“It killed 102 people, brutally mauling its human prey. Its victims are all women and children. The worst attack by an unknown beast in history; and, the basis for the legend of the werewolf. Two investigators set out to solve the mystery. Applying modern day forensics, they hunt to uncover the real wolf man.”
With the Universal remake of one of its classic monsters you can expect to see a lot of related material come out of the woodwork to capitalize on the buzz. Unfortunately, the remake of The Wolf Man pretty much tanked, plagued more by too many internal problems than the full moon. Still, the legends and stories are out there, and it might be fun to check some of this stuff out. There’s likely to be a few interesting tales out there to entertain us and help us to overcome the sting of unmet expectations. I haven’t seen the new Wolf Man film yet, and not likely to catch it on the big screen at this point. So, my expectations have yet to be shattered. I’m sure to catch the results on Blu-ray before too long, and if Universal cooperates, I might even get to share those views with you, my gentle reader. Until that time, let’s check out this documentary based on a 300 year old killing spree in France, one that gave birth to the mythology of the werewolf.
In 1794 the south of France experienced a horrifying series of brutal deaths. Women and children were attacked and torn literally apart by what appeared to be a large beast of some sort. Victims were often beheaded or disemboweled. The crime scenes were as bloody as anything haunted Hollywood has brought us in the years since. The creature managed to elude capture for months and wasn’t killed until it racked up a toll of over 100 persons. While believed by most to be a beast, the creature never touched the various livestock raised by the numerous farmers in the area. Before the killing spree was done, myths involving human transformation into a wolf, silver bullets, and full moons would evolve and live for the centuries to follow.
Captain George Deucher “Duke” has been a homicide detective for 25 years. He’s a popular consultant with police forces all over the globe and known mostly for his profiling skills. His background leads him to believe that the case was the work of a very human serial killer, who might have used a trained animal for the attacks.
Ken Gerhard is a crypto zoologist and has investigated some of the most famous “creature” sightings in the world. Ken is more willing to accept a mysterious, possibly intelligent animal as the perpetrator. While even Ken isn’t willing to go so far as to accept the work as from a werewolf, he is convinced the case involved some kind of as yet unclassified creature in the wilds of the region.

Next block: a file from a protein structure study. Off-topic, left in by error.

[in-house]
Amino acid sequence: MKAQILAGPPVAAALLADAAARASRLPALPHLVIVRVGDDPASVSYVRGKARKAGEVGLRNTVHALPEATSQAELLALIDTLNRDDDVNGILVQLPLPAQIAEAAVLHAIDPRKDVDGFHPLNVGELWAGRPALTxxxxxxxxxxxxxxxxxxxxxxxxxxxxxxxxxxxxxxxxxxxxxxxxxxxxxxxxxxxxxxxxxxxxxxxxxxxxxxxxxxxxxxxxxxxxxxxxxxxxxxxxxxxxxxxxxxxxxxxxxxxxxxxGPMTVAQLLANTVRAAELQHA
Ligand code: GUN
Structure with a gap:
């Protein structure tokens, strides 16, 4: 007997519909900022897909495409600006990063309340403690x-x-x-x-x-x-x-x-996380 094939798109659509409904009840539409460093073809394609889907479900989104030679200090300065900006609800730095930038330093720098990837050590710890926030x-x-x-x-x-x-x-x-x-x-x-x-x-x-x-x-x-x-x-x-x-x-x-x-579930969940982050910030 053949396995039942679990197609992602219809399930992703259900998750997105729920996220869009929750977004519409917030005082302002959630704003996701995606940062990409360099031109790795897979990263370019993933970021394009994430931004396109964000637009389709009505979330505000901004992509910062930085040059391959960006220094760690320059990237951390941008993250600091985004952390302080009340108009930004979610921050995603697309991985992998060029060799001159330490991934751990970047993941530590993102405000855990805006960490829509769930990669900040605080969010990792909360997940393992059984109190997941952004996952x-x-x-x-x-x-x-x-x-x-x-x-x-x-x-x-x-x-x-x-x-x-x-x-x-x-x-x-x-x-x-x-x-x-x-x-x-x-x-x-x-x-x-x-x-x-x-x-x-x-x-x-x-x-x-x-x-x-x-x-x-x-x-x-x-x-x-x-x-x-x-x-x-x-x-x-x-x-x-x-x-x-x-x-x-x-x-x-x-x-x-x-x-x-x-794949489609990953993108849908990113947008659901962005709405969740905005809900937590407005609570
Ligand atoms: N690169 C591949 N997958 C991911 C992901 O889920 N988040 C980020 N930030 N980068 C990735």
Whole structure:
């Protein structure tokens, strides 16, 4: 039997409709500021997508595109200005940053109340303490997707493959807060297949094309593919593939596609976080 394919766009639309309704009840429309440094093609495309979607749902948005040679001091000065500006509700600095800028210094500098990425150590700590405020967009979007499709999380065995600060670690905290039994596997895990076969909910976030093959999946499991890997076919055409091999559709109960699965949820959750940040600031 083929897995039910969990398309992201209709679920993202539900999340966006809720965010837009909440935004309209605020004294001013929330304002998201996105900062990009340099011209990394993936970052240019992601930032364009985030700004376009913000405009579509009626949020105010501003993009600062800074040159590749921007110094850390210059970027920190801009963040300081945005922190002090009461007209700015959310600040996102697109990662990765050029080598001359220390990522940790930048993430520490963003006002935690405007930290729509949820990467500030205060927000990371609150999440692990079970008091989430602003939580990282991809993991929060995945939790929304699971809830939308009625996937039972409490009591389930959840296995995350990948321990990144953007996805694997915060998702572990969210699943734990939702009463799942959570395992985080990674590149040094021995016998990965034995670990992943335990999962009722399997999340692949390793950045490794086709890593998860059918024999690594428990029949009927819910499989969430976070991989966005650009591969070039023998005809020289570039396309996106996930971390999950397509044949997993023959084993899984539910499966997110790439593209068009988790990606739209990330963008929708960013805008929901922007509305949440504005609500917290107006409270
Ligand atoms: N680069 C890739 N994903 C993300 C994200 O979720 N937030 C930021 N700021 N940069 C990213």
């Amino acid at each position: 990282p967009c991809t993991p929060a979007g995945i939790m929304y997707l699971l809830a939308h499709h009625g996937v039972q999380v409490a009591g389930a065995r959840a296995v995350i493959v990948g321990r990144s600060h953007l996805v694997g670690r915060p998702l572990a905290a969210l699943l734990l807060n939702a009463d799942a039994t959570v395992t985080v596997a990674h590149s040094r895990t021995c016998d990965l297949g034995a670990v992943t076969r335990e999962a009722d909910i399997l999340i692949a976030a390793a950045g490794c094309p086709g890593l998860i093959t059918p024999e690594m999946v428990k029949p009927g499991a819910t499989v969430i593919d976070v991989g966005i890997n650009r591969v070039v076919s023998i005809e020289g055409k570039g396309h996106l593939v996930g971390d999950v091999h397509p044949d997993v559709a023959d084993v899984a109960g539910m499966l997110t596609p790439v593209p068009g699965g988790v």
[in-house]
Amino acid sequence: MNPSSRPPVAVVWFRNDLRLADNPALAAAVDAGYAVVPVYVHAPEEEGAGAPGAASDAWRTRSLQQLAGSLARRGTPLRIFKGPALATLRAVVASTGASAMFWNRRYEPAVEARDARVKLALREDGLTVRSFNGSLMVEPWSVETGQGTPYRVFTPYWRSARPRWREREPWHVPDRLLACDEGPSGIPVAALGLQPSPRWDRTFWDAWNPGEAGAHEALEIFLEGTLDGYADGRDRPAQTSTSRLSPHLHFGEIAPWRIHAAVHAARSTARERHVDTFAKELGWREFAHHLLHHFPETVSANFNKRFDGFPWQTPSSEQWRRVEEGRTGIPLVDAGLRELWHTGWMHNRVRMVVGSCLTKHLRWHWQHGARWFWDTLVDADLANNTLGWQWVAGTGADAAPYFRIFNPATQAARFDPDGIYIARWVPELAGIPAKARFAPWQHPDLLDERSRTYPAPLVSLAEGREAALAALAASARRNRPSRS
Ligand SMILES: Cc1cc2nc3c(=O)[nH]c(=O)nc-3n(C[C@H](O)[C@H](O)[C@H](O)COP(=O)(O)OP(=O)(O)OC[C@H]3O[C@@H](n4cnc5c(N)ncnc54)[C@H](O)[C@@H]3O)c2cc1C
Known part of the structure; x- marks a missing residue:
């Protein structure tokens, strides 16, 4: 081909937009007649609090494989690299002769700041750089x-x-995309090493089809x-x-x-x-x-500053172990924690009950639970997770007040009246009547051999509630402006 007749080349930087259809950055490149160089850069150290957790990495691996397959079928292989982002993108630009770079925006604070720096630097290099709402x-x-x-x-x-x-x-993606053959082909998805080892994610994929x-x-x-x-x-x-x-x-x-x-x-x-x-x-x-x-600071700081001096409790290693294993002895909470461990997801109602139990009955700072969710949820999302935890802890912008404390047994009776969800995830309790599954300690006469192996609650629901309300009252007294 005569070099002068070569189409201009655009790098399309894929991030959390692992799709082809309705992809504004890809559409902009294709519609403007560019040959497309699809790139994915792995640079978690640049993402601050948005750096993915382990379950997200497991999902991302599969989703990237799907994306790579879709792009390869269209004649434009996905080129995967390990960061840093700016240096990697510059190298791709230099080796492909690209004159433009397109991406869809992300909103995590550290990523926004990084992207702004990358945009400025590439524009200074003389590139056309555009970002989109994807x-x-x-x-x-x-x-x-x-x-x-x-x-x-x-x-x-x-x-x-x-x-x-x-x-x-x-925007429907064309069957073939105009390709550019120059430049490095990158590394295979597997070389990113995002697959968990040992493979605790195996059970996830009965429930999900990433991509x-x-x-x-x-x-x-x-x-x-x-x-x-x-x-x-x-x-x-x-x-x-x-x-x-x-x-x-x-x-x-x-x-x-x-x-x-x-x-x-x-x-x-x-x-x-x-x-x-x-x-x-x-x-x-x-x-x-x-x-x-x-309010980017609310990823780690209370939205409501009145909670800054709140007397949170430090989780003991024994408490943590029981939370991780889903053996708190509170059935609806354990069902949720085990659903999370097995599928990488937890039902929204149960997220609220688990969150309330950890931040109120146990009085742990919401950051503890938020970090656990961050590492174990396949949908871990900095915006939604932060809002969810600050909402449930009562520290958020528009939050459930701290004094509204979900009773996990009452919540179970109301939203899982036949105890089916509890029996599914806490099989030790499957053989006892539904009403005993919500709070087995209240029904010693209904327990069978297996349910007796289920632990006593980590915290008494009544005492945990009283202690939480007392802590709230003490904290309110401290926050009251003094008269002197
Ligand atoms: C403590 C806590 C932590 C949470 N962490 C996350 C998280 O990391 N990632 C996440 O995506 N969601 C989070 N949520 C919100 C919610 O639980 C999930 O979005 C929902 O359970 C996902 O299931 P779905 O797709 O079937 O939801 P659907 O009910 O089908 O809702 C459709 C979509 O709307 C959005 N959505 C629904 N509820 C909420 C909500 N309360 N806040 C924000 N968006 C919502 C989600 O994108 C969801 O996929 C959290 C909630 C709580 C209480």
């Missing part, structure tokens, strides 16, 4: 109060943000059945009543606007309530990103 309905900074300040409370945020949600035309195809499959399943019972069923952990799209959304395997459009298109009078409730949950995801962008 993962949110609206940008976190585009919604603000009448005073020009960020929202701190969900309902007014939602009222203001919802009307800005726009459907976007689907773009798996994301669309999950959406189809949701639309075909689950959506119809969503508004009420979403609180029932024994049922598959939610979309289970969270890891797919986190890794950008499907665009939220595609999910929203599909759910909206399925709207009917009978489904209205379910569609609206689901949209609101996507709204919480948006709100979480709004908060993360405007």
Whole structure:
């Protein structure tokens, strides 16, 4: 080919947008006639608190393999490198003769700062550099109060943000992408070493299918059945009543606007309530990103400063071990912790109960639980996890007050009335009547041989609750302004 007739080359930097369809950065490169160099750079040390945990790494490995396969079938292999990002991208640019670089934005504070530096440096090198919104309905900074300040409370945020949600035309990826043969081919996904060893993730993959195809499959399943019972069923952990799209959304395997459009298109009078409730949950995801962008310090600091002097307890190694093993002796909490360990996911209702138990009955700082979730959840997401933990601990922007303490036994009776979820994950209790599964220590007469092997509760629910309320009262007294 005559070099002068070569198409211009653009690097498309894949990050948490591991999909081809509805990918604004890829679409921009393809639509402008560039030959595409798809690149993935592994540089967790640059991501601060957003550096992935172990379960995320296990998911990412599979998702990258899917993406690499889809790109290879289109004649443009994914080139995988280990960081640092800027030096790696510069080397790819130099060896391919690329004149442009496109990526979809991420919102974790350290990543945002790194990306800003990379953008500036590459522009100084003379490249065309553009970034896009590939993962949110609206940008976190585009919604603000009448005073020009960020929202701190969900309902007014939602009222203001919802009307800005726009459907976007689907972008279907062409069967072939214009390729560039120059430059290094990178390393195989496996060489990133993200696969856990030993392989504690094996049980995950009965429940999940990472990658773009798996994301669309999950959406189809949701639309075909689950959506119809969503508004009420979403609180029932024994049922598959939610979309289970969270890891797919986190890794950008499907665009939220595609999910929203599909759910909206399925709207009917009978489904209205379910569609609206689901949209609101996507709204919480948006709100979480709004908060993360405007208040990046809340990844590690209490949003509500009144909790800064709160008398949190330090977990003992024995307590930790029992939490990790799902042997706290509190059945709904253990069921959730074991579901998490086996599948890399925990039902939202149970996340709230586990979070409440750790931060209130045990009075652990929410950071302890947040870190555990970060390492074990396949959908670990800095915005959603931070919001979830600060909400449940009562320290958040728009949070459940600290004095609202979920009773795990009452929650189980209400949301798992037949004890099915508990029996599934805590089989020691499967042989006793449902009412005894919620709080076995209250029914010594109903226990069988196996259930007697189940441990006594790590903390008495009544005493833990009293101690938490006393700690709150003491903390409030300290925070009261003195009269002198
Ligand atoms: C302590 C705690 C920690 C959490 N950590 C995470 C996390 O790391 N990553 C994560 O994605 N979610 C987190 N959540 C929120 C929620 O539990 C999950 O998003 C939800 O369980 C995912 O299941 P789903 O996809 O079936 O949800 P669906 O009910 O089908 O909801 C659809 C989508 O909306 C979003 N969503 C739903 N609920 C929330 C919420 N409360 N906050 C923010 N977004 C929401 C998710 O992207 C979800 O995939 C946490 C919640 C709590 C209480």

Together the men visit the crucial locations from the 18th century case. They visit the scene of some of the crimes and talk to locals to get an idea of what the popular beliefs might be today. During their investigation we are treated to rather obviously staged dialog between the two men as they argue their own theories. The footage of their investigation is supplemented by dramatizations of the historic events as well as some of the myths and theories that have been proposed over the years. There are a few instructional pieces which demonstrate, for instance, the skeletal changes that a human body would need to undergo to actually transform into a wolf-like creature.
The men do come up with a theory that both can buy into, and without giving anything away, you can be sure that it is not a werewolf. The documentary ends with a Mythbusters style demonstration to discover if a marksman of the time could have brought down a beast with a silver bullet as the hero of the tale is said to have done.
The piece doesn’t just examine this case. It mentions an American case involving a similar MO. It was called the Beast Of Bray Road and occurred in Wisconsin. The piece also examines the very real phenomenon of lunacy and the spikes in crime and abnormal behavior that emergency workers experience during full moon cycles. It’s a very interesting documentary and well worth a quick look.
The Real Wolf Man is presented in its original aspect ratio of 1.78:1, but is unfortunately, non-anamorphic. This is all documentary footage, and you should adjust your image expectations accordingly. It works for what it is, but it is considerably inconsistent.
The Dolby Digital 2.0 track is dialog short and simple.
The History Channel pulled out all of the stops for this one. As much as it was timed to the movie, it doesn’t come across strictly as a quick way to exploit the theme, at least not as much as many of these things tend to be. The documentary brings together two investigators with very different, but appropriate backgrounds to follow the path of the 300 year old mystery. And if you’re a fan of any of werewolf films out there, “This is where it all began”.